Today we have a massive opportunity to bring our focus back to what we intended it to be from the very beginning: bodily sovereignty. Those of you who are discouraged, I want to encourage you. This moment is only temporary and we will grow from it. Now more than ever, it is important that we make logical, educated decisions about every aspect of our healthcare.

I don’t have answers. This is a very grey area and not one person is right or wrong here (because we are all individuals with unique perspectives and needs). We must look at the broader picture and understand that we can’t cherry pick what applies to bodily sovereignty… If Roe v Wade was physician-centered, we need to bring the focus back to patient-centered advocacy.

Musings of a Postpartum Doula

person wearing pair of black slides

It’s been a while, and I want to say hi and share a little.⁣⁣⁣⁣
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We had a family crisis last month. I was forced to drop everything and put on my emergency hat. I do well moving through emergencies, probably for the same reasons I do well supporting people through birth. I can easily separate myself from a situation and feel out everyone’s needs and support them thoroughly. I communicate clearly, advocate when necessary, and save my own processing for later. It’s more about presence than anything. And then, after my clients meet their babies and are settled in their postpartum beds, I process. I take some time to rest my body and my mind so that I can be present with them in their postpartum transitions.⁣⁣⁣⁣
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I learned through this experience that supporting others well in almost any situation is synonymous with the core values of doula support. I’m so grateful for this work because it permeates every aspect of my life. It makes me a better human. Regular attendance at births keeps me in a flow state. It’s like growing an invisible muscle that helps me keep my present peace when navigating stressful situations. The correlations between my work and my life are seemingly never-ending — and it fascinates me.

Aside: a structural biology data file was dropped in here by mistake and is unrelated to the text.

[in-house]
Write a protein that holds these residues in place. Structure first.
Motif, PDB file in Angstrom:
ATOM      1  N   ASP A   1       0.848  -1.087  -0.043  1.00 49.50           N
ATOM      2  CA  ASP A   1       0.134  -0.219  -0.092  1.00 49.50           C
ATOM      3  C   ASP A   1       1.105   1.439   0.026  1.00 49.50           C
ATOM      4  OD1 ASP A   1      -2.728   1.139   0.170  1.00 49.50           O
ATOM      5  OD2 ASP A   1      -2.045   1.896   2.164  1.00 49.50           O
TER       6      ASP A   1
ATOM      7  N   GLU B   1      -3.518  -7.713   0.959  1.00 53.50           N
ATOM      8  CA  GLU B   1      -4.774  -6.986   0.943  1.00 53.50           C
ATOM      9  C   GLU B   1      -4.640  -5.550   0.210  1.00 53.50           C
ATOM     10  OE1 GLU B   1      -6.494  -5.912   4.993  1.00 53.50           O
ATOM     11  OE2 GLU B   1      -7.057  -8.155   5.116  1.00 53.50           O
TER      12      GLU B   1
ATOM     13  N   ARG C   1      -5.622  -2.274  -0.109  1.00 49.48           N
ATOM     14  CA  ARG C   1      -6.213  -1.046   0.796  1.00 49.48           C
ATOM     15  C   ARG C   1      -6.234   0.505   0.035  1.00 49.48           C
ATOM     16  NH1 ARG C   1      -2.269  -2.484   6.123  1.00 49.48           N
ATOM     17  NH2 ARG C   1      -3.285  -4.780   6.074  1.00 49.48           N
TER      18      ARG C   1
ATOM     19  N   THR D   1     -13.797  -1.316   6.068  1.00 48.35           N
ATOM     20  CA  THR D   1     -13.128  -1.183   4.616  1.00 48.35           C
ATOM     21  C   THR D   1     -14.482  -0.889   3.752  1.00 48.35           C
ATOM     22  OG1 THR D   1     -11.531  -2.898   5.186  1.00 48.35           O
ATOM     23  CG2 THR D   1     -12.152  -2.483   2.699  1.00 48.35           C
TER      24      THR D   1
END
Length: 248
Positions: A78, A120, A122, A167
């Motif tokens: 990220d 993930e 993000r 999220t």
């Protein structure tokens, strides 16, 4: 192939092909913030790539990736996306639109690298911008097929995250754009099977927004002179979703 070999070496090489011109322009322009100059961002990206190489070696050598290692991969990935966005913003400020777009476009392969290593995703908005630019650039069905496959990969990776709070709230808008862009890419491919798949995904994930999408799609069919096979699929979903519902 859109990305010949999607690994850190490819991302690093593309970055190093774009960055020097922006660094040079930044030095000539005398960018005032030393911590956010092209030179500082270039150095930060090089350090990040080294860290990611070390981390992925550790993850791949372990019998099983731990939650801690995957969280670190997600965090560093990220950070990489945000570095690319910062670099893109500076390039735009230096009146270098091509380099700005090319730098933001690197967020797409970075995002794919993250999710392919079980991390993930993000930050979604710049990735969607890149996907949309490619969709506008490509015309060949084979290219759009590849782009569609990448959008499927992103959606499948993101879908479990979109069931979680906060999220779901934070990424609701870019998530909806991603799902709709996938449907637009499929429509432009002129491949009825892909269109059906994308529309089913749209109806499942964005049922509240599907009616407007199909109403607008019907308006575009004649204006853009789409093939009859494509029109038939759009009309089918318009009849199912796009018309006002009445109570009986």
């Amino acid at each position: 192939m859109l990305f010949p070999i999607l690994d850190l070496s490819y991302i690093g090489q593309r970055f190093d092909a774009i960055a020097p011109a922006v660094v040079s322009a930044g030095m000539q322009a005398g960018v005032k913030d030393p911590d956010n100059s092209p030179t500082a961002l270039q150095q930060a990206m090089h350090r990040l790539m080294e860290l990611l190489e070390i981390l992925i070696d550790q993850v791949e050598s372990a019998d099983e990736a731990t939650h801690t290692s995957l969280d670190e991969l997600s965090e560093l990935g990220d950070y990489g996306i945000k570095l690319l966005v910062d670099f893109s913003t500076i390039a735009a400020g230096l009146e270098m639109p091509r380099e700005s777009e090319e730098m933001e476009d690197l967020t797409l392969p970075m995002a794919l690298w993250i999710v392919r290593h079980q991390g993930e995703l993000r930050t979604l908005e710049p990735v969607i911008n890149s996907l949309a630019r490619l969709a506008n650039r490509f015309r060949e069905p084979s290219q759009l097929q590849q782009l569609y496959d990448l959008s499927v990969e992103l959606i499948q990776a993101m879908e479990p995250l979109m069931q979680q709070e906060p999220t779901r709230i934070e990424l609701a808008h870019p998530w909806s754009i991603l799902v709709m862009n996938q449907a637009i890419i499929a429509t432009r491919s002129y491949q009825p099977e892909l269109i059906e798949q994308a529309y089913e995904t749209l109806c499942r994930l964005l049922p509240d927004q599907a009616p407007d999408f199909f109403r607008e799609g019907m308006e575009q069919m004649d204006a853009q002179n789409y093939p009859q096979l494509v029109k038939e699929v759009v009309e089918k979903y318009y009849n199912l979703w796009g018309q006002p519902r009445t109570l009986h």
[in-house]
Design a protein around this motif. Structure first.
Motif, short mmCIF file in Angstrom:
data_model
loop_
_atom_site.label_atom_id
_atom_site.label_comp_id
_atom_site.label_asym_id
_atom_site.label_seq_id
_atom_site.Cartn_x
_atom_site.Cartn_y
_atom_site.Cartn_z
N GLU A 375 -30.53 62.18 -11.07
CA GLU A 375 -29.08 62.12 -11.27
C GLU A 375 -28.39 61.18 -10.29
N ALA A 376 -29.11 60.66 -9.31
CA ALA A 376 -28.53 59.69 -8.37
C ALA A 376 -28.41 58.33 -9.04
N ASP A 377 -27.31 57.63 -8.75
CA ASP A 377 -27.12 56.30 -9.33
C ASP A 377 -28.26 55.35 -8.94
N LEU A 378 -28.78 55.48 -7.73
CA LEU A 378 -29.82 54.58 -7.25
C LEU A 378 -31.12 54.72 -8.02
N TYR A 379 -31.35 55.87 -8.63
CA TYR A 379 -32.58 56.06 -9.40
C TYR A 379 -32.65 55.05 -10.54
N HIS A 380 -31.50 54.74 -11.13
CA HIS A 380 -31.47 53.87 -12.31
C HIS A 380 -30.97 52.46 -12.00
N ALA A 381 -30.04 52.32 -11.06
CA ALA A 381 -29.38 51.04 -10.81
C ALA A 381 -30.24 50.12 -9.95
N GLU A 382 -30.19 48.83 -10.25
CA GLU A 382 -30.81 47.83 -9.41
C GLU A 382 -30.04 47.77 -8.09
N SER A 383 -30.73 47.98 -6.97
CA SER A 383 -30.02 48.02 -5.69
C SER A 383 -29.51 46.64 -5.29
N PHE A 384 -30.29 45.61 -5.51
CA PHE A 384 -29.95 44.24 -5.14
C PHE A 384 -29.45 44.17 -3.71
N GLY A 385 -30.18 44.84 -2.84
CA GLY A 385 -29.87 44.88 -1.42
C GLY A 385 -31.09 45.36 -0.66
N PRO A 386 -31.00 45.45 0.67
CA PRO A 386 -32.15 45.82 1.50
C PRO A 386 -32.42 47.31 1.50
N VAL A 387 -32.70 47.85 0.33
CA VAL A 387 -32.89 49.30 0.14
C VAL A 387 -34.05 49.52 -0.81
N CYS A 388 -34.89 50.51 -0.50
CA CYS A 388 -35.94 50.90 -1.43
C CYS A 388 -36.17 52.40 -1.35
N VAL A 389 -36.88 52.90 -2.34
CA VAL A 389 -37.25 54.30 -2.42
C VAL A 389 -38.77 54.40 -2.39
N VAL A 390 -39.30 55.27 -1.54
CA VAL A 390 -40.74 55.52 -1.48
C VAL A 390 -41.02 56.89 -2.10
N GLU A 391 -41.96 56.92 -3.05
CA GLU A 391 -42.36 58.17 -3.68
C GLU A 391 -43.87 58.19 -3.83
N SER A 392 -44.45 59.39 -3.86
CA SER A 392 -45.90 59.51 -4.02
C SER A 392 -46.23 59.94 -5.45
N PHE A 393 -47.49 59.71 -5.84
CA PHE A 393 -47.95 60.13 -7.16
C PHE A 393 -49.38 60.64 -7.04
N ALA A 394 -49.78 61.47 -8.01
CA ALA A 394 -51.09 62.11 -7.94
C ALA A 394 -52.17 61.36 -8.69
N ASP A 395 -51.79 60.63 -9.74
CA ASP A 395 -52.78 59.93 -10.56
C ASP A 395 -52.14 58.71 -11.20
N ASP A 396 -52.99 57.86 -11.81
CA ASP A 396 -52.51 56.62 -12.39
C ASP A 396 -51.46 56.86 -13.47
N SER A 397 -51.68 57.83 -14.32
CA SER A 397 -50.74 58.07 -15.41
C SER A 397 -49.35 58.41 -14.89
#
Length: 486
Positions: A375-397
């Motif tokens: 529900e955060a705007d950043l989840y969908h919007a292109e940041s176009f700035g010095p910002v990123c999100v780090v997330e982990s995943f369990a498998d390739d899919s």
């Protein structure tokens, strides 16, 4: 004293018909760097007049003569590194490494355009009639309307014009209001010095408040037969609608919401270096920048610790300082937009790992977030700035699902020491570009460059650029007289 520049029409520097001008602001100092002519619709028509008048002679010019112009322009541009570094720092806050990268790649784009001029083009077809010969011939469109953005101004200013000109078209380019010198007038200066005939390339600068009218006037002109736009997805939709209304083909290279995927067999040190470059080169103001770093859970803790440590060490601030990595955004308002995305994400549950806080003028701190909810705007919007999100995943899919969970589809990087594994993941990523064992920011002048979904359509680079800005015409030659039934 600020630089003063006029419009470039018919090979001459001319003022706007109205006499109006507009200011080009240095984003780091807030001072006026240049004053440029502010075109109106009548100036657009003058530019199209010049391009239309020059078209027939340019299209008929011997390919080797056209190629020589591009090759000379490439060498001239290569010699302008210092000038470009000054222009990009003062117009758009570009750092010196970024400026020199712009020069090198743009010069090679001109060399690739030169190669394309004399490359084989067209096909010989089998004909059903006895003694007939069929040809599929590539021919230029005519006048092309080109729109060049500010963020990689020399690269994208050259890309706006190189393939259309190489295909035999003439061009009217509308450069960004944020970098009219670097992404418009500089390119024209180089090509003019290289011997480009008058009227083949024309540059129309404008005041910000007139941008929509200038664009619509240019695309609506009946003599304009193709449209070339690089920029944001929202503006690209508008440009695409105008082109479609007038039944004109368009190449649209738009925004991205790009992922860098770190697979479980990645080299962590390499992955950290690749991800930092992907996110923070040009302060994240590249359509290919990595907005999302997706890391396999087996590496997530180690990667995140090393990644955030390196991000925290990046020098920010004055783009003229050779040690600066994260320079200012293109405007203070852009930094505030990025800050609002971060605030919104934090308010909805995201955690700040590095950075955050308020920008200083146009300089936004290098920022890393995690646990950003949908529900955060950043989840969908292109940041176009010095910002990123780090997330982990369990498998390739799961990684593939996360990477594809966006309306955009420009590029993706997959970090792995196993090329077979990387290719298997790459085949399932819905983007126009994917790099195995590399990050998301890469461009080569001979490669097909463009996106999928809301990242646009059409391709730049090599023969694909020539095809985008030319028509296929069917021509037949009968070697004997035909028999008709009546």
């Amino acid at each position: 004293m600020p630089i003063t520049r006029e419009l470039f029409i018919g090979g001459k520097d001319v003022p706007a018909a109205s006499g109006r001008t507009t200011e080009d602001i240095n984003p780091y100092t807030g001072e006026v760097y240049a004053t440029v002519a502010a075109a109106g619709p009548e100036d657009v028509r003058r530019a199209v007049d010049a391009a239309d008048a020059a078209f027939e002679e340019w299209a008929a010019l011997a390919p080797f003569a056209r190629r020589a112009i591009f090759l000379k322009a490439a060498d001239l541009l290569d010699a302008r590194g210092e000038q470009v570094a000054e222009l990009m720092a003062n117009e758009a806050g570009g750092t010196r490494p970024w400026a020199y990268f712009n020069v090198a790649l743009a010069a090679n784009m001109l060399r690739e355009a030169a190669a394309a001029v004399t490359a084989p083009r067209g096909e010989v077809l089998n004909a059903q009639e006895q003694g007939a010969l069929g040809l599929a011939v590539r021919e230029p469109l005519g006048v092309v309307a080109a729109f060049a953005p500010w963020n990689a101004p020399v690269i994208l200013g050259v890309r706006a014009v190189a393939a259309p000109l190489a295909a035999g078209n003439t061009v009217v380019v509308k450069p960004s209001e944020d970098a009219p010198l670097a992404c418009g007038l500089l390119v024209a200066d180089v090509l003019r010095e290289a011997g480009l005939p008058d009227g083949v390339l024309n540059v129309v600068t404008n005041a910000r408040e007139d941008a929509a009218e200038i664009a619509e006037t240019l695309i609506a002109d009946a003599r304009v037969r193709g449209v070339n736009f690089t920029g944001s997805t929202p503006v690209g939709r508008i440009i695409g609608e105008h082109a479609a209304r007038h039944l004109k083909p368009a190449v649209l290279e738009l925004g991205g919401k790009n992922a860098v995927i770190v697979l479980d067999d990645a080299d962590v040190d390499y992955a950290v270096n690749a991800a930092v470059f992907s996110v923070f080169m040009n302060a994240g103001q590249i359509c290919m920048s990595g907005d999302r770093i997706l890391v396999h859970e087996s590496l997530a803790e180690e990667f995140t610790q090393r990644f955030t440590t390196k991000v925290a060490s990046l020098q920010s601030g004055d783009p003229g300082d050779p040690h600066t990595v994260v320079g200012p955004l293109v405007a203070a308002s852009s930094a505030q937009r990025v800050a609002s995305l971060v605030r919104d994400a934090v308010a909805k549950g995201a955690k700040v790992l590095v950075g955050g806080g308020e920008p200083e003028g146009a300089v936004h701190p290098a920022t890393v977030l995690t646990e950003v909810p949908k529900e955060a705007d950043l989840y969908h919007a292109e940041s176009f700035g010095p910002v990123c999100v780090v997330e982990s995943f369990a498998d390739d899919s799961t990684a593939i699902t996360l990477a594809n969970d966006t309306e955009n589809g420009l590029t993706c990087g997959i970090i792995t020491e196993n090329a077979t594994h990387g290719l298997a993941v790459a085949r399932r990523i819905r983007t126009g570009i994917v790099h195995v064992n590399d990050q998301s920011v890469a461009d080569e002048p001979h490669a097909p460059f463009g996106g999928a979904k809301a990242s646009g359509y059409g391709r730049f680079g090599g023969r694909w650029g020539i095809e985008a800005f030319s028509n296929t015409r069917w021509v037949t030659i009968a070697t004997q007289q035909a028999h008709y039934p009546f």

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By noticing this pattern as I processed this experience, I recognized that there was one aspect of this sequence that I wasn’t always applying to my personal life. Rest. I love this work. It drives me. And work life, home life, social life, current events, LIFE — keeping up with it all can be a whirlwind. It took a family emergency for me to realize that I needed to stop. Rest. And more than anything, give myself grace and accept love from others. After all, we were never meant to walk this life alone. ⁣⁣⁣⁣
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And then I realized that I was moving through the postpartum phase of a transformation of sorts, and I was shedding old, deeply seeded (generational) behavioral patterns that I hadn’t realized had caused so much struggle for me during my own postpartum shift with my daughter. I was fighting the flow of transformation by avoiding an integral component of the process: Rest.

As parents in this fast-paced western culture, I think most of us would laugh at the thought of rest. But it is so important to prioritize rest and reflection for our minds and bodies in our self-care regimens. Especially during postpartum. It’s part of the ebb and flow. I tell my clients to follow the 5-5-5 rule at minimum. We learn about postpartum healing and support, how that looks in other cultures, and what that looks like for each individual family. And although I was applying these practices to my professional life, it was missing from my personal life. ⁣⁣⁣
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So I recognized this, prioritized taking the time to rest and process, accepted love from those in my family and community — and guess what? Just as I tell my clients, I bounced back faster, I felt supported, rejuvenated, and when I moved out of that state of rest I was grounded. And I was able to move into a state of productivity and growth I haven’t known. I find it fascinating that this lesson, this immense growth, came as I began to professionally prioritize postpartum and work to certify in this focused area. ⁣⁣⁣